Cablegate: Usg Representatives Reiterate Interest in Working

Published: Mon 19 Nov 2007 09:09 AM
DE RUEHMD #2128/01 3230903
R 190903Z NOV 07
C O N F I D E N T I A L SECTION 01 OF 06 MADRID 002128
E.O. 12958: DECL: 11/15/2012
REF: (A) MADRID 01807 (B) SECSTATE 107629
Classified By: Deputy Charge d'Affaires a.i., Hugo Llorens, for reasons
1.5 b and d.
1. (U) Summary: Associate Register of Copyrights David
Carson, U.S. Patent & Trademark Office Senior Counsel Michael
Shapiro and Deputy Chief of Mission Hugo Llorens used the
Spanish government organized Madrid November 7-8, 2007
"Conference on Intellectual Property Rights in the Digital
Environment" to reiterate to the Spanish government our
continuing interest in working with Spain on
copyright-related intellectual property rights (IPR) issues.
Ministry of Industry, Tourism and Trade Secretary of State
Francisco Ros expressed an interest in judge-to-judge
exchanges on IPR matters. The Spanish government's view
remains that Internet Service Providers (ISPs) and content
providers should engage in self-regulation to limit internet
piracy. However, the government is considering mandating
that ISPs include in service contracts a provision that
service can be cut off if users infringe copyrights.
Moreover, the government is considering making a special
effort to encourage stakeholders to move quickly on an
internet notice system, leaving takedown for later. These
would be positive steps that would begin to address U.S.
concerns. Para 2 provides background. Paras 3-4 report on
the U.S.-Spain bilateral held on the margins of the
conference. Paras 5-6 report on the lunch DCM hosted in
connection with the conference. Paras 7-8 report on an
industry-government meeting held following the conference.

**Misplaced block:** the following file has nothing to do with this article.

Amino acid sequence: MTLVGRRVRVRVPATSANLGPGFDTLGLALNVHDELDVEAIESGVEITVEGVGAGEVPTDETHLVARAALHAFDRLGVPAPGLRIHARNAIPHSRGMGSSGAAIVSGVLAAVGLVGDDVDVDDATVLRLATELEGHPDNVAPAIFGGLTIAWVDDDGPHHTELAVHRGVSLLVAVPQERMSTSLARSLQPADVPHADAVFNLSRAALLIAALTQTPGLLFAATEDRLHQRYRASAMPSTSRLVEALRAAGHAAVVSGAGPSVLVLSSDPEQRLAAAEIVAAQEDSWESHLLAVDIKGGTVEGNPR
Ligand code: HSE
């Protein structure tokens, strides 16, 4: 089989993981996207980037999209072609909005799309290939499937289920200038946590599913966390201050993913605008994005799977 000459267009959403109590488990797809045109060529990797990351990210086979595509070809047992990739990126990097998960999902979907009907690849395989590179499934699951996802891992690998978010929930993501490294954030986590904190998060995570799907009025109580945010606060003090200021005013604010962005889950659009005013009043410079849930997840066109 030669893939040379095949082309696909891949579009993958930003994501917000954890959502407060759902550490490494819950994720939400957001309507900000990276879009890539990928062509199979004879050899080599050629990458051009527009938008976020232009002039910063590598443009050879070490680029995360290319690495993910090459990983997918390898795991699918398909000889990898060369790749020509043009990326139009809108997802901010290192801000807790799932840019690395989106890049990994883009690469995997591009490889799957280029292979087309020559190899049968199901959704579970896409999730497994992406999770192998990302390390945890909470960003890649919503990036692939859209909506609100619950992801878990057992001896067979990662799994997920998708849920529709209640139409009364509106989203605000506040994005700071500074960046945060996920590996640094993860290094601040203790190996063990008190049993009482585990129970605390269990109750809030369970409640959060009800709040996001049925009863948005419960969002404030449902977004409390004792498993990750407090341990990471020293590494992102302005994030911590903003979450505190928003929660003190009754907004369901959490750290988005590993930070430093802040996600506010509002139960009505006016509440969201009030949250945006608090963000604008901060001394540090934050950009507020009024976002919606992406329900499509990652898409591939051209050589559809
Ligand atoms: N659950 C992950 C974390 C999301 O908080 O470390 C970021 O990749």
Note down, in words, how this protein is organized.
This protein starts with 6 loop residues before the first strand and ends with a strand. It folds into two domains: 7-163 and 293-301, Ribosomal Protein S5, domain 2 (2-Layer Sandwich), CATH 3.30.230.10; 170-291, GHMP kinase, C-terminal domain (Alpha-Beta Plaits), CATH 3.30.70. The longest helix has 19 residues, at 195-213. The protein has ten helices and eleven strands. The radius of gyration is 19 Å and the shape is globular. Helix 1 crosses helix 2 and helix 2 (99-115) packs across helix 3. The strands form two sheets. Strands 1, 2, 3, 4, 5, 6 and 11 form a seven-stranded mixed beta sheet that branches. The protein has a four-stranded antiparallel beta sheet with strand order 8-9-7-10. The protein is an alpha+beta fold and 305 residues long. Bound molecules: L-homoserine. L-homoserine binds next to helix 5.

Para 9 summarizes highlights from the conference. Para 10
contains an Embassy concluding comment. End Summary
2. (C) The Spanish government is aware that it came very
close to being watchlisted during the latest Special 301
process. This no doubt partly explained Secretary of State
Ros' desire to host the November 7-8 conference. His staff
made a point of inviting David Carson from the Copyright
Office to speak at the conference. The organizers also
invited representatives from the UK, France, South Korea and
the EU, as well as important local stakeholders. The
government is juggling sometimes conflicting objectives.
These objectives include, but are not necessarily limited to:
increasing broadband internet penetration, thereby benefiting
national champion Telefonica; limiting piracy both because
the Spanish government agrees with that objective and also to
keep Spain off the Special 301 watchlist; and containing the
possible political damage caused by consumer groups and
internet surfer ("internauta") groups. There are not many
Spaniards in the latter category, but they have a media
impact out of all proportion to their numbers. With
elections coming up in March 2008, the government is
sensitive to them.
NOVEMBER 7, 2007
3. (U) Participants: DCM Hugo Llorens, Associate Register of
Copyright David Carson, U.S. Patent and Trademark Office
Senior Counsel Michael Shapiro and Economic Officer Carl
Schonander participated for the U.S. Ministry of Industry,
Tourism and Trade Secretary of State for Telecommunications
Francisco Ros was accompanied by Chief of Staff Juan Junquera
Temprano and Subdirector General for Information Society
Services Salvador Luis Soriano Maldonado.
4. (C) DCM said that the U.S. remained very interested in
working with Spain on combatting internet related copyright
piracy, and that the conference was a laudable initiative.
Ros emphasized that the problems discussed at the conference